This was the case in an unknown company during an unspecific time (circa 1970s-80s). Content managers took the decade by subtle storm and told companies to think differently. To think outside the box. It started simply with a pencil and nine dots. This puzzle required you to link dots with four straights lines – or fewer – without lifting your pen or tracing the same line more than once. While it contained basic lateral thinking, the deeper significance of the exercise encouraged participants to speculate what else they could accomplish mentally despite pre-established restrictions. What other areas at work could they reintroduce creative thinking just by thinking outside the often self-imposed box of limitation?

Once teams start to implement this mindset, to look at situations from merely the instruction manual’s what is to what could be, the joie de vivre of a company is reinstated, and the growth is capitalized. Perhaps not always in numbers but in spirit, which is always the forerunner to any financial prosperity.

Since the ‘70s, many companies and innovators have introduced ways to think differently; to think outside of the box. Through technology and processes, leaders and work cultures are constantly shifting their methods of operation for the better. By 2005, content managers stepped in yet again after realizing all this collaborative creative thinking outside the box was beginning to get lost in translation.

The larger your team and the bigger your idea, the easier it can be to lose its security both in integrity and in safety. Sometimes all it takes is one precious thought or picture that you want to seemingly immortalize in the technological era. So a couple of guys wondered, what if you as an individual or industry could think outside the box but keep everything boxed up?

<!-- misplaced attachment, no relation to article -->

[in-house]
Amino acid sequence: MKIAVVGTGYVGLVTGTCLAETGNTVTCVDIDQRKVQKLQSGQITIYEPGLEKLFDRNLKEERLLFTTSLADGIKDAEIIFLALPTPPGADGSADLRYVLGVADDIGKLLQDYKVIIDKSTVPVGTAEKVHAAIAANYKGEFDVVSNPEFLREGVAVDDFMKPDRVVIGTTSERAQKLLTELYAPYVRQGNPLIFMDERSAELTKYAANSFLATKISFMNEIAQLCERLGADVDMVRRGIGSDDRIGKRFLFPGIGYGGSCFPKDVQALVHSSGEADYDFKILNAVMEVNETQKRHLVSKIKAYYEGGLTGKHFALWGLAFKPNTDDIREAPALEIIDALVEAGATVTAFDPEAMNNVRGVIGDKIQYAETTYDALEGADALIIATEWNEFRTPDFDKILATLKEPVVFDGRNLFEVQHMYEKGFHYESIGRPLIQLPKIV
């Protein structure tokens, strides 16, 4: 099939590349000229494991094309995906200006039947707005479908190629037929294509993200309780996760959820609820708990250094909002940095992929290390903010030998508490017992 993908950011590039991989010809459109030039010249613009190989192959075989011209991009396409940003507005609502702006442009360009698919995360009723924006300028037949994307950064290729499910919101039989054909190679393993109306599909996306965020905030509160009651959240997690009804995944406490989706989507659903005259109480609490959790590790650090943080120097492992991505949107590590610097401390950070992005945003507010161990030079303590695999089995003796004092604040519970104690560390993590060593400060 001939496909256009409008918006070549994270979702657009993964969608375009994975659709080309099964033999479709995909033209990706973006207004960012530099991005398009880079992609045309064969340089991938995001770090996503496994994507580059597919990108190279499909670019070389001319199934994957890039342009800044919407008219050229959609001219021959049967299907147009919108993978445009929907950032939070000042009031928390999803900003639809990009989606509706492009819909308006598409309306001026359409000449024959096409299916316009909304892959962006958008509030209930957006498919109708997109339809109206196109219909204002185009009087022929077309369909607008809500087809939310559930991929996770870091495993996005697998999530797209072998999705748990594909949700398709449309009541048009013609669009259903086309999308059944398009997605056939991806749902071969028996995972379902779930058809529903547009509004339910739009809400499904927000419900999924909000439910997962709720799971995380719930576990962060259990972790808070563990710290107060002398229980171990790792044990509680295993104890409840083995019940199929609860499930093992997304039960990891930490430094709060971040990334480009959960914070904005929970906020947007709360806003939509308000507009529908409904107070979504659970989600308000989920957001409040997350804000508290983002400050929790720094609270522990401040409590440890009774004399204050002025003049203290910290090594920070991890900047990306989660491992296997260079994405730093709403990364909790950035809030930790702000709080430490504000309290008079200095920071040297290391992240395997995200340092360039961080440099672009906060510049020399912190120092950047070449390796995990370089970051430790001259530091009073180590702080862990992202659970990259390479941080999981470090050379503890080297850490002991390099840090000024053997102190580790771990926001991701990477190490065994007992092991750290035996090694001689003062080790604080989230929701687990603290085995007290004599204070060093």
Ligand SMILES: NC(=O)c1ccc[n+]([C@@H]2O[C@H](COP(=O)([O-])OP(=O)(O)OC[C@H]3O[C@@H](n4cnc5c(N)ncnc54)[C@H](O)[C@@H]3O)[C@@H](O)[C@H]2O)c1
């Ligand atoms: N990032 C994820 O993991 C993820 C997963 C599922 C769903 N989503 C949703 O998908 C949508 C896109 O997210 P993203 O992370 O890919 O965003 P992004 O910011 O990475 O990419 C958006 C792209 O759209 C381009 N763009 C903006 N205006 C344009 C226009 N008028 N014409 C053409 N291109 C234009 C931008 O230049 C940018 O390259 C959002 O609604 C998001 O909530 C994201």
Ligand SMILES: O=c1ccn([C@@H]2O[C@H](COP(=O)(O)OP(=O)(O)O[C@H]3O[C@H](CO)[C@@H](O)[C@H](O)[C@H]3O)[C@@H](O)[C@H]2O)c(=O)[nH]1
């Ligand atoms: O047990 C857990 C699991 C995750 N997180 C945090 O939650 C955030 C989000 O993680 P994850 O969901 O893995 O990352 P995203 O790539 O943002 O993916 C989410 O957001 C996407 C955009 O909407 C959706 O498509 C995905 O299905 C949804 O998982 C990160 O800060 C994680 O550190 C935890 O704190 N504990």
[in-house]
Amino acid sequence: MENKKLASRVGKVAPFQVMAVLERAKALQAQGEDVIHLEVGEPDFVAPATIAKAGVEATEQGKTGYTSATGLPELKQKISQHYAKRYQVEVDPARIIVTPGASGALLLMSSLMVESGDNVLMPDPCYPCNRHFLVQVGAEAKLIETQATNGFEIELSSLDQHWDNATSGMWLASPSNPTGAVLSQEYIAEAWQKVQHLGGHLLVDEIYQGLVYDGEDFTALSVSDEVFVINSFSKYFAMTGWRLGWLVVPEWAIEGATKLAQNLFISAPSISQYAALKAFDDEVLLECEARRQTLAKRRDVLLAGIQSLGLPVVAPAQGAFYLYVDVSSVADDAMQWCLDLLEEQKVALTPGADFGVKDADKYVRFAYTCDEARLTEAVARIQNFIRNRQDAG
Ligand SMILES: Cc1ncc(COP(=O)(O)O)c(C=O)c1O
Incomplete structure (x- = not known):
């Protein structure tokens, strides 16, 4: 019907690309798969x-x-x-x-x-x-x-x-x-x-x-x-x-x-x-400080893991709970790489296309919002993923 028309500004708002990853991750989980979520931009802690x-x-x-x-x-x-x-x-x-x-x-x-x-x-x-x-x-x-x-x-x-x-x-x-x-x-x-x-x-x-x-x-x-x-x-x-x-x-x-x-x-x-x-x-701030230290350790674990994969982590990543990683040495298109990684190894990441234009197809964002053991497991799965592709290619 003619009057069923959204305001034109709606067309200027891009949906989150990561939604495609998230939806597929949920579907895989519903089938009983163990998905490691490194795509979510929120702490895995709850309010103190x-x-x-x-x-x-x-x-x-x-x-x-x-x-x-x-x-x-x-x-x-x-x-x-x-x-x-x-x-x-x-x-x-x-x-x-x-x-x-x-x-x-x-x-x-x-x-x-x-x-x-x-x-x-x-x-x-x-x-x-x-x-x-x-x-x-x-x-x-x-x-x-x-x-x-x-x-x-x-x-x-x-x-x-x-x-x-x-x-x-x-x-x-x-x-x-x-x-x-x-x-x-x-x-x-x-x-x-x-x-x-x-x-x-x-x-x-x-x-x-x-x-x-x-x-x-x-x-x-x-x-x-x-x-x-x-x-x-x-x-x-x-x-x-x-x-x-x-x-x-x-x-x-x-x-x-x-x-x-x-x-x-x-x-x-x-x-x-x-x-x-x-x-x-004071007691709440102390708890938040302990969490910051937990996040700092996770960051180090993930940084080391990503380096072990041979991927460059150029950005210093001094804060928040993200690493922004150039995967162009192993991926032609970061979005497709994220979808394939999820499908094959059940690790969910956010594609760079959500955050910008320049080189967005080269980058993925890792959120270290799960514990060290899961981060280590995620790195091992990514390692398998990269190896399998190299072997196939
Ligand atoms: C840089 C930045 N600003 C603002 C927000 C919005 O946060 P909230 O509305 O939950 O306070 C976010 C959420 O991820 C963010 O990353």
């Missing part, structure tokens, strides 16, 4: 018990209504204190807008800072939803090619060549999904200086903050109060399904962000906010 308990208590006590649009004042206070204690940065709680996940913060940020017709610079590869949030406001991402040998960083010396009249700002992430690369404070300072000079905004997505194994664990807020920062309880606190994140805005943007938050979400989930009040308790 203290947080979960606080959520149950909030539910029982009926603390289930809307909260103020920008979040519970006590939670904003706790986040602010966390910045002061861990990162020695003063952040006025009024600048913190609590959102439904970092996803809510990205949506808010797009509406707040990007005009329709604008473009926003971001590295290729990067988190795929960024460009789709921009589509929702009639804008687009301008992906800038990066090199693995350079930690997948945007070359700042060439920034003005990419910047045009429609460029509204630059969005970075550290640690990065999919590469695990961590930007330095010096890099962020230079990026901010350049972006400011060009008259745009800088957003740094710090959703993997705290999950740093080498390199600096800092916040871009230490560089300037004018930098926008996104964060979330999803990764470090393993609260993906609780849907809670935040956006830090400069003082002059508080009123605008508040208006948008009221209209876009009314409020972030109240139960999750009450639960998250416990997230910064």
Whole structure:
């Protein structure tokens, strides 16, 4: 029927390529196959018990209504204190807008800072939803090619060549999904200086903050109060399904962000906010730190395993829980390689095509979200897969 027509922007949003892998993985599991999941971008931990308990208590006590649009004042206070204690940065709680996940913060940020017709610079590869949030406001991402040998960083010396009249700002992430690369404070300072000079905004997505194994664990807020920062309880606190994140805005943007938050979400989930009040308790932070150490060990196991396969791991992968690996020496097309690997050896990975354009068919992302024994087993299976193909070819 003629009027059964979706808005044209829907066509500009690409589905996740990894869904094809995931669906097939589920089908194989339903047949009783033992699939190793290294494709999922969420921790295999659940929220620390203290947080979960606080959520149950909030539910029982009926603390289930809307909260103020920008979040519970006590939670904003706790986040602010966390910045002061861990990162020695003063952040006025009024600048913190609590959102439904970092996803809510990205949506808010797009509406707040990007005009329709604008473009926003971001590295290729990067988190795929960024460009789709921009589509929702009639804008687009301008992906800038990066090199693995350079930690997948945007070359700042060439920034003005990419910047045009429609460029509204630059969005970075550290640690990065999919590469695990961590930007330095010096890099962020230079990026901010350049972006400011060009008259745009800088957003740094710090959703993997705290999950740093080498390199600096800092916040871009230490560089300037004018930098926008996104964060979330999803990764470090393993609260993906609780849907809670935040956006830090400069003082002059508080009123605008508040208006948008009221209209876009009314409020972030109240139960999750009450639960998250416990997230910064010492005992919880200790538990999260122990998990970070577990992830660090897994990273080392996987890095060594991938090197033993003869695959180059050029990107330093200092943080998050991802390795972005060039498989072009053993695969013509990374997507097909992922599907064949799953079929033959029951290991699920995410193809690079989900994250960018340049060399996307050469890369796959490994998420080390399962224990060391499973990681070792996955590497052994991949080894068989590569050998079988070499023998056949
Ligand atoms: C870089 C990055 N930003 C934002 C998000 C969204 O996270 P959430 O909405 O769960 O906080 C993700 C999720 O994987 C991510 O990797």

What started as a college program soon turned into a critical cloud storage accessible to team members all over the world. Pictures, documents, comments, notes. All secure, all boxed up while still coming from leading visionaries in the creative industry.

This pragmatic approach to content sharing in the cloud is more than just security. Interactive, international; when it seems our idea or proposal is too new, it’s an opportunity to share ideas across the platform with a sense of anonymity.

The more you utilize it, however, – both cloud sharing and creativity – the less your desire to hide your contributions will exist. Go big with creativity and box it up!

Free up your desktop, your mind, your team and evolve your company by allowing technology to take care of your creativity.